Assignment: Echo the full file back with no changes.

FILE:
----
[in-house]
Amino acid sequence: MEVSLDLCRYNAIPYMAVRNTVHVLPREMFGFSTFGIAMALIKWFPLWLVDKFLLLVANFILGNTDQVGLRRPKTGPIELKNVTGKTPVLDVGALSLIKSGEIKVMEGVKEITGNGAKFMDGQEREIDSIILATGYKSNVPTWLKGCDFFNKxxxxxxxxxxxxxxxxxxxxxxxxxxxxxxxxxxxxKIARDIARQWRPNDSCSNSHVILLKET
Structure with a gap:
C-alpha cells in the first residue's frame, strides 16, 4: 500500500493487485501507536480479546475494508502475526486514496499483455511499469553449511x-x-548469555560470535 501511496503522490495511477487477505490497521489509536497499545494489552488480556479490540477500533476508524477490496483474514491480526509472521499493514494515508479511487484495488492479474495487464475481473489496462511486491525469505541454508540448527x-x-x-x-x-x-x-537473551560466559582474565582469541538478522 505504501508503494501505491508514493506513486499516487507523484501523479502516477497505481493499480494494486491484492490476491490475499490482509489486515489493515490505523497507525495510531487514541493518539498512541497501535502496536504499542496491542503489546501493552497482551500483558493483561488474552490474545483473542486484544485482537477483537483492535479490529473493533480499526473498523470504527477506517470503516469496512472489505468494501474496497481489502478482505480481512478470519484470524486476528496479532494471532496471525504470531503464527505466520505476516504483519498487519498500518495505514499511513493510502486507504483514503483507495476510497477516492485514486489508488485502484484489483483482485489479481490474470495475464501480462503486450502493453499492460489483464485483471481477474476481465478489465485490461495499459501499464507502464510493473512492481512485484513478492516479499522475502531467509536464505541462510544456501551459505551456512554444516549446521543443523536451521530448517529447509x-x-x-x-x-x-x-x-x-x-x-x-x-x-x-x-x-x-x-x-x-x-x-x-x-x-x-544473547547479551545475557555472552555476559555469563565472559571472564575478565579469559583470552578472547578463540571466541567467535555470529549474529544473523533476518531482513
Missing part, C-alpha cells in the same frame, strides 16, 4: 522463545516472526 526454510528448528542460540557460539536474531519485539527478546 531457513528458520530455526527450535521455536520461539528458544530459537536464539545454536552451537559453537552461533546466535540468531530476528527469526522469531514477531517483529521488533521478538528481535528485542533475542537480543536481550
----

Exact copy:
[in-house]
Amino acid sequence: MEVSLDLCRYNAIPYMAVRNTVHVLPREMFGFSTFGIAMALIKWFPLWLVDKFLLLVANFILGNTDQVGLRRPKTGPIELKNVTGKTPVLDVGALSLIKSGEIKVMEGVKEITGNGAKFMDGQEREIDSIILATGYKSNVPTWLKGCDFFNKxxxxxxxxxxxxxxxxxxxxxxxxxxxxxxxxxxxxKIARDIARQWRPNDSCSNSHVILLKET
Structure with a gap:
C-alpha cells in the first residue's frame, strides 16, 4: 500500500493487485501507536480479546475494508502475526486514496499483455511499469553449511x-x-548469555560470535 501511496503522490495511477487477505490497521489509536497499545494489552488480556479490540477500533476508524477490496483474514491480526509472521499493514494515508479511487484495488492479474495487464475481473489496462511486491525469505541454508540448527x-x-x-x-x-x-x-537473551560466559582474565582469541538478522 505504501508503494501505491508514493506513486499516487507523484501523479502516477497505481493499480494494486491484492490476491490475499490482509489486515489493515490505523497507525495510531487514541493518539498512541497501535502496536504499542496491542503489546501493552497482551500483558493483561488474552490474545483473542486484544485482537477483537483492535479490529473493533480499526473498523470504527477506517470503516469496512472489505468494501474496497481489502478482505480481512478470519484470524486476528496479532494471532496471525504470531503464527505466520505476516504483519498487519498500518495505514499511513493510502486507504483514503483507495476510497477516492485514486489508488485502484484489483483482485489479481490474470495475464501480462503486450502493453499492460489483464485483471481477474476481465478489465485490461495499459501499464507502464510493473512492481512485484513478492516479499522475502531467509536464505541462510544456501551459505551456512554444516549446521543443523536451521530448517529447509x-x-x-x-x-x-x-x-x-x-x-x-x-x-x-x-x-x-x-x-x-x-x-x-x-x-x-544473547547479551545475557555472552555476559555469563565472559571472564575478565579469559583470552578472547578463540571466541567467535555470529549474529544473523533476518531482513
Missing part, C-alpha cells in the same frame, strides 16, 4: 522463545516472526 526454510528448528542460540557460539536474531519485539527478546 531457513528458520530455526527450535521455536520461539528458544530459537536464539545454536552451537559453537552461533546466535540468531530476528527469526522469531514477531517483529521488533521478538528481535528485542533475542537480543536481550